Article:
Constitutional Development in the South Atlantic States. 1776-1860

Constitutional Development in the South Atlantic States. 1776-1860

Constitutional Development in the South Atlantic States. 1776-1860

Constitutional Development in the South Atlantic States. 1776-1860

Excerpt

Two conflicting theories of the governments and the constitutions of the Southern slave-holding states have long obtained. According to one view they were largely aristocratic, and were so dominated and controlled by the planter aristocracy that few if any of the characteristics of democracy were introduced until the Civil War had overthrown the dominion of that group. Opposed to this view is one which would have us believe that the South, though controlled to a large degree by the planter aristocracy, was none the less a representative democracy, since the planter class ruled by the consent and in the interest of the masses of the people. I first became interested in these conflicting views while investigating the VirginiaConstitutional Convention of 1829-1830, and determined to make a study of the constitutional development of the Southern States.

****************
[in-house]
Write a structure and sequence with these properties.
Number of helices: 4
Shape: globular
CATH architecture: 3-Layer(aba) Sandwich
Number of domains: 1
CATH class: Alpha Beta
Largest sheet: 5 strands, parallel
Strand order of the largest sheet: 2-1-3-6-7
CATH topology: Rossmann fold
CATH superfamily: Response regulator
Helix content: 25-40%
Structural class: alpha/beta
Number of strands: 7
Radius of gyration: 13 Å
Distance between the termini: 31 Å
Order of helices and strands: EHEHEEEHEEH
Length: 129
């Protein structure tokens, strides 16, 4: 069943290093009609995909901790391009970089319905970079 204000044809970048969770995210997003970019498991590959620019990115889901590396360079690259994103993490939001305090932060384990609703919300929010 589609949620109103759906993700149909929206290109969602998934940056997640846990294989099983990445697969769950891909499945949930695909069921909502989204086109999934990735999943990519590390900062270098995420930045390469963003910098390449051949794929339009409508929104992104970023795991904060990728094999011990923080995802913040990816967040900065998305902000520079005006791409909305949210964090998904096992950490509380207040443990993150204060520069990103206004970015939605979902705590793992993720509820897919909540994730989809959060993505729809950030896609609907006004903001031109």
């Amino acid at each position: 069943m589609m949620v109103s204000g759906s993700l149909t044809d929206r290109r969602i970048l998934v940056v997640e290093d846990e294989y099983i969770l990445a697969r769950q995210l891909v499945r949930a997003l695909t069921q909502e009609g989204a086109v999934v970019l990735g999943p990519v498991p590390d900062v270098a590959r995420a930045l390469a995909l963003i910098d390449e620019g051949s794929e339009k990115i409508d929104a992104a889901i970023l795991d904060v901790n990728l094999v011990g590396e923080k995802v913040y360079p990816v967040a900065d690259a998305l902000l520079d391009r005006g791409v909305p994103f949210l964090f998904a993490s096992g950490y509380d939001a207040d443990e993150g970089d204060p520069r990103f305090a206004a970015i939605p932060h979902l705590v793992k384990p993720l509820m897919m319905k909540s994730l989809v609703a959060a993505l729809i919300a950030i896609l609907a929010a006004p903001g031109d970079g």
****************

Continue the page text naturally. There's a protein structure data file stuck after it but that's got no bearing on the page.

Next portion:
I first planned to study the formation and growth of the constitutions of the eleven states which seceded from the Union in 1860-1861, but found, upon preliminary research, that the source materials necessary for such a study were so voluminous and so widely scattered that it would entail years of research even partially to complete the task. Preliminary research also revealed that factors entered into the constitutional development of the newer states of the far South and Southwest which did not materially influence the five original Southern States. The study was, therefore, limited to Maryland, Virginia, North Carolina, South Carolina, and Georgia. The constitutions of these states were formed about the same time, grew out of the charters and the common colonial . . .

Search by... Author
Show... All Results Primary Sources Peer-reviewed

Oops!

An unknown error has occurred. Please click the button below to reload the page. If the problem persists, please try again in a little while.